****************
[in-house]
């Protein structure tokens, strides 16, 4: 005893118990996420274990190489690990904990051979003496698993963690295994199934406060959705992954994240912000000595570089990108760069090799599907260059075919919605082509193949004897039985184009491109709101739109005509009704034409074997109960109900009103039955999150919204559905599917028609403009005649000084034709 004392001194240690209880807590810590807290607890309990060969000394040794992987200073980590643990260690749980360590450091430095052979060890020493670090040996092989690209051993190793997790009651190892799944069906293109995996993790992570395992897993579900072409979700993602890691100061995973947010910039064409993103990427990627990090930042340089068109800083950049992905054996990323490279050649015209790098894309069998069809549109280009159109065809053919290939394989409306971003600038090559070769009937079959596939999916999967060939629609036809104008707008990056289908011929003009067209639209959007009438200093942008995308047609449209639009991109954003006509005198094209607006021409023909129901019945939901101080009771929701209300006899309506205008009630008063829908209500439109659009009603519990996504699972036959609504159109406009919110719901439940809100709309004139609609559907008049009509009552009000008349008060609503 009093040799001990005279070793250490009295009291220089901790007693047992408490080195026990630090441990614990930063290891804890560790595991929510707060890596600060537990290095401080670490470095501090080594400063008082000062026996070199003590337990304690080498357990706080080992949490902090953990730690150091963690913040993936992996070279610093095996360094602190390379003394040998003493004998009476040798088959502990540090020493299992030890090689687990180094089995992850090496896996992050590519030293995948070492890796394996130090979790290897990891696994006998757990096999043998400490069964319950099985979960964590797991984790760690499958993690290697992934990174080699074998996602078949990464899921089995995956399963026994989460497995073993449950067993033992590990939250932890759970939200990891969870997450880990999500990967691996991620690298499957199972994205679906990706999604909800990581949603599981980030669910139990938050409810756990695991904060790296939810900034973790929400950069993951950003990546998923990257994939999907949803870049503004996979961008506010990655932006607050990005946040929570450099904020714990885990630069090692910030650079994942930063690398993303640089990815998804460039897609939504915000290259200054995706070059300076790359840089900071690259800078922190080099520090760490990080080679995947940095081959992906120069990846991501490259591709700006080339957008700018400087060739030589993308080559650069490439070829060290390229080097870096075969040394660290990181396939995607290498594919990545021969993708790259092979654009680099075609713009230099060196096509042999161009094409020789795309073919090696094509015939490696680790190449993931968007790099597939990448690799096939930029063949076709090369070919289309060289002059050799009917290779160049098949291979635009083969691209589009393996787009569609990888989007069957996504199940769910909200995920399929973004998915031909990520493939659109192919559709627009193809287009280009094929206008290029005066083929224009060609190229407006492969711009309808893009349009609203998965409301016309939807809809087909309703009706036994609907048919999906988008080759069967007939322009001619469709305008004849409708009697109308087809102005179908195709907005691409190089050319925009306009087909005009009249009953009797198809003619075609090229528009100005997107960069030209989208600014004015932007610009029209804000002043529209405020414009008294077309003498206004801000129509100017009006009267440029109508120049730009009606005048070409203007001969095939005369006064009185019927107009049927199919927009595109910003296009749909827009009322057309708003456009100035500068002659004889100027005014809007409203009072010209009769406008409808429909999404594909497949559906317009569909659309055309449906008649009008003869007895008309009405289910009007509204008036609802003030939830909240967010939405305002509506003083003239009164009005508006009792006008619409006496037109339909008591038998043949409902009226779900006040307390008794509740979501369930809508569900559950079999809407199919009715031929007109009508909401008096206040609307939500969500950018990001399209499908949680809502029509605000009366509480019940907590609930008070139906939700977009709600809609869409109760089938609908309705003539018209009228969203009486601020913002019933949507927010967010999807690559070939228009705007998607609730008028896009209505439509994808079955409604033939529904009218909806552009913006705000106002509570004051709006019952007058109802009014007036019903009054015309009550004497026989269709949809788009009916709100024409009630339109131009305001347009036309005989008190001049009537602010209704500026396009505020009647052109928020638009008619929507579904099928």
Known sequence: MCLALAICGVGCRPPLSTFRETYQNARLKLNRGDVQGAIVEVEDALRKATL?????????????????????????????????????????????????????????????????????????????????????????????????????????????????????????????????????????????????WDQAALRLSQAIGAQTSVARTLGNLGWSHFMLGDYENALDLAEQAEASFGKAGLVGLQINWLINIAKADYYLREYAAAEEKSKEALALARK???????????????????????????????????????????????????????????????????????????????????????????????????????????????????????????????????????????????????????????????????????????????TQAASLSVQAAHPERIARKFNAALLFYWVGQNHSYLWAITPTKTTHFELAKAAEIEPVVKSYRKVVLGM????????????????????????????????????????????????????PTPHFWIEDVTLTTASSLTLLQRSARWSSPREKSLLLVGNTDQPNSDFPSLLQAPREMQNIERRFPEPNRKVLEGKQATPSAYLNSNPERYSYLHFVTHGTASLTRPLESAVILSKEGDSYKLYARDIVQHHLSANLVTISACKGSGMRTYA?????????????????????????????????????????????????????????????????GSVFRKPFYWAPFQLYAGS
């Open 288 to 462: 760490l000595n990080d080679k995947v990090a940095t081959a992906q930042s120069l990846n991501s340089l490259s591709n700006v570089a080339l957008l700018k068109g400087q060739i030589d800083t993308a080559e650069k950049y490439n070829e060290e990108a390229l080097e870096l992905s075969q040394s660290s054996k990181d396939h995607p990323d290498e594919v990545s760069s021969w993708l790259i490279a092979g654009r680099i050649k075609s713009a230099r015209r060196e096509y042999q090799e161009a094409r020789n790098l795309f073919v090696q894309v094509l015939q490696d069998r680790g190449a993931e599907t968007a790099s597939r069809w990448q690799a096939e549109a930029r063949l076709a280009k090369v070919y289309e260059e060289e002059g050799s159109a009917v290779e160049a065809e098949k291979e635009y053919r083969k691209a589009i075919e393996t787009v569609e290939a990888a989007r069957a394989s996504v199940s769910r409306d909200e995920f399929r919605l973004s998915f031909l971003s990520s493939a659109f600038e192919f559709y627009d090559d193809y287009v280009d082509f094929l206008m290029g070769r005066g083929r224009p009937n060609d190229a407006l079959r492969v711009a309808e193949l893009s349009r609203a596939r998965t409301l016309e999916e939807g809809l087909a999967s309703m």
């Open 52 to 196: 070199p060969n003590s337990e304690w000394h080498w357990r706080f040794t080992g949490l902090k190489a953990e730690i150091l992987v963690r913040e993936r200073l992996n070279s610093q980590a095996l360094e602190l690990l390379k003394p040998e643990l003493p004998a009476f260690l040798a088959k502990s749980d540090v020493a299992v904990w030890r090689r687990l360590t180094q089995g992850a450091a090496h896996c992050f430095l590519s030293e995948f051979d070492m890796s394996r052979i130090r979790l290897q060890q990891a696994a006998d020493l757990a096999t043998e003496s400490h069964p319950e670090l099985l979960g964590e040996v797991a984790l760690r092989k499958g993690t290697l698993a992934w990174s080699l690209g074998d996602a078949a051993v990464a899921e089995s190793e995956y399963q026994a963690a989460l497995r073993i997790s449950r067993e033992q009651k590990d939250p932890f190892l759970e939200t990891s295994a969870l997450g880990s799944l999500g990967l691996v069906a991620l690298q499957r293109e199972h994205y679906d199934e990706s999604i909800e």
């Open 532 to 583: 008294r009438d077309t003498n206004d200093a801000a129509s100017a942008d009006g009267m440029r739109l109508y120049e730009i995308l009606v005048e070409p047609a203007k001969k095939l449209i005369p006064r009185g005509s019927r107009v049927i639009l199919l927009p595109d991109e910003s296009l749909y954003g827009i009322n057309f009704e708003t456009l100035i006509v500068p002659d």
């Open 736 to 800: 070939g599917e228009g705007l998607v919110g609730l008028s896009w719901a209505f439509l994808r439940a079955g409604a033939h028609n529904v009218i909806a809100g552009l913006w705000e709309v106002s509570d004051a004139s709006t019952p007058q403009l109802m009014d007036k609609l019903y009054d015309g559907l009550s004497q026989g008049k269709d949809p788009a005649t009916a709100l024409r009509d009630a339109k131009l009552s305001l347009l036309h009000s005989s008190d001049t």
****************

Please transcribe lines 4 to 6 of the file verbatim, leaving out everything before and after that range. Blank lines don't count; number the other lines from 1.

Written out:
């Open 288 to 462: 760490l000595n990080d080679k995947v990090a940095t081959a992906q930042s120069l990846n991501s340089l490259s591709n700006v570089a080339l957008l700018k068109g400087q060739i030589d800083t993308a080559e650069k950049y490439n070829e060290e990108a390229l080097e870096l992905s075969q040394s660290s054996k990181d396939h995607p990323d290498e594919v990545s760069s021969w993708l790259i490279a092979g654009r680099i050649k075609s713009a230099r015209r060196e096509y042999q090799e161009a094409r020789n790098l795309f073919v090696q894309v094509l015939q490696d069998r680790g190449a993931e599907t968007a790099s597939r069809w990448q690799a096939e549109a930029r063949l076709a280009k090369v070919y289309e260059e060289e002059g050799s159109a009917v290779e160049a065809e098949k291979e635009y053919r083969k691209a589009i075919e393996t787009v569609e290939a990888a989007r069957a394989s996504v199940s769910r409306d909200e995920f399929r919605l973004s998915f031909l971003s990520s493939a659109f600038e192919f559709y627009d090559d193809y287009v280009d082509f094929l206008m290029g070769r005066g083929r224009p009937n060609d190229a407006l079959r492969v711009a309808e193949l893009s349009r609203a596939r998965t409301l016309e999916e939807g809809l087909a999967s309703m």
């Open 52 to 196: 070199p060969n003590s337990e304690w000394h080498w357990r706080f040794t080992g949490l902090k190489a953990e730690i150091l992987v963690r913040e993936r200073l992996n070279s610093q980590a095996l360094e602190l690990l390379k003394p040998e643990l003493p004998a009476f260690l040798a088959k502990s749980d540090v020493a299992v904990w030890r090689r687990l360590t180094q089995g992850a450091a090496h896996c992050f430095l590519s030293e995948f051979d070492m890796s394996r052979i130090r979790l290897q060890q990891a696994a006998d020493l757990a096999t043998e003496s400490h069964p319950e670090l099985l979960g964590e040996v797991a984790l760690r092989k499958g993690t290697l698993a992934w990174s080699l690209g074998d996602a078949a051993v990464a899921e089995s190793e995956y399963q026994a963690a989460l497995r073993i997790s449950r067993e033992q009651k590990d939250p932890f190892l759970e939200t990891s295994a969870l997450g880990s799944l999500g990967l691996v069906a991620l690298q499957r293109e199972h994205y679906d199934e990706s999604i909800e």
């Open 532 to 583: 008294r009438d077309t003498n206004d200093a801000a129509s100017a942008d009006g009267m440029r739109l109508y120049e730009i995308l009606v005048e070409p047609a203007k001969k095939l449209i005369p006064r009185g005509s019927r107009v049927i639009l199919l927009p595109d991109e910003s296009l749909y954003g827009i009322n057309f009704e708003t456009l100035i006509v500068p002659d």